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GlaxoSmithKline’s investigational DTaP-IPV combination vaccine shown to be immunogenic and well-tolerated in Phase III clinical trial


WEBWIRE

GlaxoSmithKline (GSK) today announced results from a U.S. phase III vaccine clinical study presented this week at the Pediatric Academic Societies’ (PAS) Annual Meeting in Toronto, Canada. The study evaluated the immune response and safety profile of the investigational combination DTaP-IPV (diphtheria, tetanus, acellular pertussis - inactivated poliovirus) vaccine in children ages 4 to 6 years-old as compared to separately administered DTaP (INFANRIX®) and IPV (IPOL®) vaccines, when co-administered with measles, mumps and rubella (MMR) vaccine (M-M-RII®) at a separate site. Study results showed that children receiving the combination vaccine demonstrated overall a comparable immunogenicity and safety profile to children receiving the separately administered component vaccines.

The investigational DTaP-IPV vaccine has not been approved for use in the United States.

The Centers for Disease Control and Prevention’s Advisory Committee on Immunization Practices (ACIP), the American Academy of Pediatrics (AAP), and the American Academy of Family Physicians (AAFP) recommend that children receive booster shots to protect against diphtheria, tetanus and pertussis (DTaP) and polio (IPV) at the 4 to 6 year-old doctor visit. Most states in the U.S. require either a fifth dose of DTaP vaccine and/or a fourth dose of IPV vaccine for kindergarten school entry. Separately administered DTaP and IPV vaccines are currently used to complete these recommended immunizations.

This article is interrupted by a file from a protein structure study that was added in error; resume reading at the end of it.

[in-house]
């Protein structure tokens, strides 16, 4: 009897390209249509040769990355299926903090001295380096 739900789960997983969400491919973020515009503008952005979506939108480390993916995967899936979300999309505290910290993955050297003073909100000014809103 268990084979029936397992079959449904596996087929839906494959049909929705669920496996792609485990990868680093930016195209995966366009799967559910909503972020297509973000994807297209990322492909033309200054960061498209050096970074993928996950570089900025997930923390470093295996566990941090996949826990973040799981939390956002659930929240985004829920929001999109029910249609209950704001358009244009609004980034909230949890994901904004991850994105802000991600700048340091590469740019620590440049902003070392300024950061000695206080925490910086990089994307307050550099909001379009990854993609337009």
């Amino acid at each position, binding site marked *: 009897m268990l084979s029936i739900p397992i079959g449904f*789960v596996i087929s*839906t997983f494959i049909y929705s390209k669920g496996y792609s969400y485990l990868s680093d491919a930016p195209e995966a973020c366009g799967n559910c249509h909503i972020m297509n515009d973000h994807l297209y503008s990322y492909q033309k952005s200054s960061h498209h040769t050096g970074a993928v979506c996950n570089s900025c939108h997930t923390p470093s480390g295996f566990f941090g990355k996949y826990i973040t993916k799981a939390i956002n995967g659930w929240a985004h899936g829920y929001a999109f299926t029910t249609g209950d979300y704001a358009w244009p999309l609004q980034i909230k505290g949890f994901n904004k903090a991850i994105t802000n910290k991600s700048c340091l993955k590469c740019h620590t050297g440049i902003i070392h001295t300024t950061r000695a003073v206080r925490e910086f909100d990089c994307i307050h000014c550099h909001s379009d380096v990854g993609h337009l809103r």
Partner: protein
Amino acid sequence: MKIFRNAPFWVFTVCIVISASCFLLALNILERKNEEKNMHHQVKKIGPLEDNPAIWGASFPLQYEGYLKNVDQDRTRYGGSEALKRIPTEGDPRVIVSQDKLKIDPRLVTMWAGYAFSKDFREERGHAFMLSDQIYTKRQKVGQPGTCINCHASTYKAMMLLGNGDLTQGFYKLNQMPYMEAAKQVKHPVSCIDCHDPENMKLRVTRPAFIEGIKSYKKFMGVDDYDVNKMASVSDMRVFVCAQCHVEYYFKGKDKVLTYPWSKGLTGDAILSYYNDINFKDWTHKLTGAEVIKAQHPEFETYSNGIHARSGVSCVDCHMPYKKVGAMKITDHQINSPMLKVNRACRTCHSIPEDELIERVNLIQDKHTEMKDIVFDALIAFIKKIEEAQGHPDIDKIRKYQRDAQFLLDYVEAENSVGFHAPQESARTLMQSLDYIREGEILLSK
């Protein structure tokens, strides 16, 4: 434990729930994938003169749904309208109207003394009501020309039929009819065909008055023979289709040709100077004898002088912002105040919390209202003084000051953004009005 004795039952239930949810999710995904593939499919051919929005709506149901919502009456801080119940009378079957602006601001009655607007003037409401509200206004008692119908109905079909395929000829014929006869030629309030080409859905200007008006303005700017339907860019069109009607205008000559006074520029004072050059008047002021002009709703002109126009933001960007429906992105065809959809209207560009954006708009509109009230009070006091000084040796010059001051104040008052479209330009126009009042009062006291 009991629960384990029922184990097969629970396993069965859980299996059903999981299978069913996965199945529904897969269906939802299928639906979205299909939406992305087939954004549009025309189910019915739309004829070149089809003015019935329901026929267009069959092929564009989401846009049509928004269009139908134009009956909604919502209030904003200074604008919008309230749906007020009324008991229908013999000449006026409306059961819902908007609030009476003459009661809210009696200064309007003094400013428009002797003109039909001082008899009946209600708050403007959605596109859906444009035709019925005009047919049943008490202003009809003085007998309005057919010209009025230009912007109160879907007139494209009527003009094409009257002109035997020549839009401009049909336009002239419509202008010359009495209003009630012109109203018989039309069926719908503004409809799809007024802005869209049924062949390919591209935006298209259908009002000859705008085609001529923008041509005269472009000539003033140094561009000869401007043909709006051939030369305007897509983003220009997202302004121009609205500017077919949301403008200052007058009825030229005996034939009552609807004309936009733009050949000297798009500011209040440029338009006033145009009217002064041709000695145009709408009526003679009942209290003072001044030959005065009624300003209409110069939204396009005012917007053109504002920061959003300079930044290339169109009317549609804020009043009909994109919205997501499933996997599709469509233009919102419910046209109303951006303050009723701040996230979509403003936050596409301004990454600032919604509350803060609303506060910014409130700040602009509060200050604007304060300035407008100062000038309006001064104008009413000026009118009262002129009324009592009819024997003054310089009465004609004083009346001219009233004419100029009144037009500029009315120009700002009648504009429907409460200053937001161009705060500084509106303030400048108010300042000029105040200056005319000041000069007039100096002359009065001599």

“An increasing number of vaccines are being recommended to prevent childhood diseases, including additional vaccines at the 4 to 6 year-old doctor’s visit,” said Barbara Howe, MD, Vice President, North American Vaccine Development, GlaxoSmithKline. “We are pleased to be developing a new combination vaccine that if approved, could offer one potential solution to the problem of increased number of injections during single doctor visits.”

DTaP-IPV Study Results
Study participants were distributed into two groups. The combination group (N=3,156 – consisting of three groups who received three different lots of DTaP-IPV pooled together) was made up of those children who received the DTaP-IPV plus MMR vaccines. The component group (N=1,053) was made up of those infants who received separately administered DTaP and IPV vaccines plus MMR vaccine. A subset of the children (N=1,331) had serological testing to evaluate the immunogenicity of DTaP-IPV vaccine.

Study results showed that children receiving the combination vaccine demonstrated overall a comparable immunogenicity and safety profile to children receiving the separately administered component vaccines. More specifically:
• Booster response was seen in at least 92.2 percent and 92.6 percent of children in the DTaP-IPV and INFANRIX plus IPOL groups, respectively, for each DTaP antigen.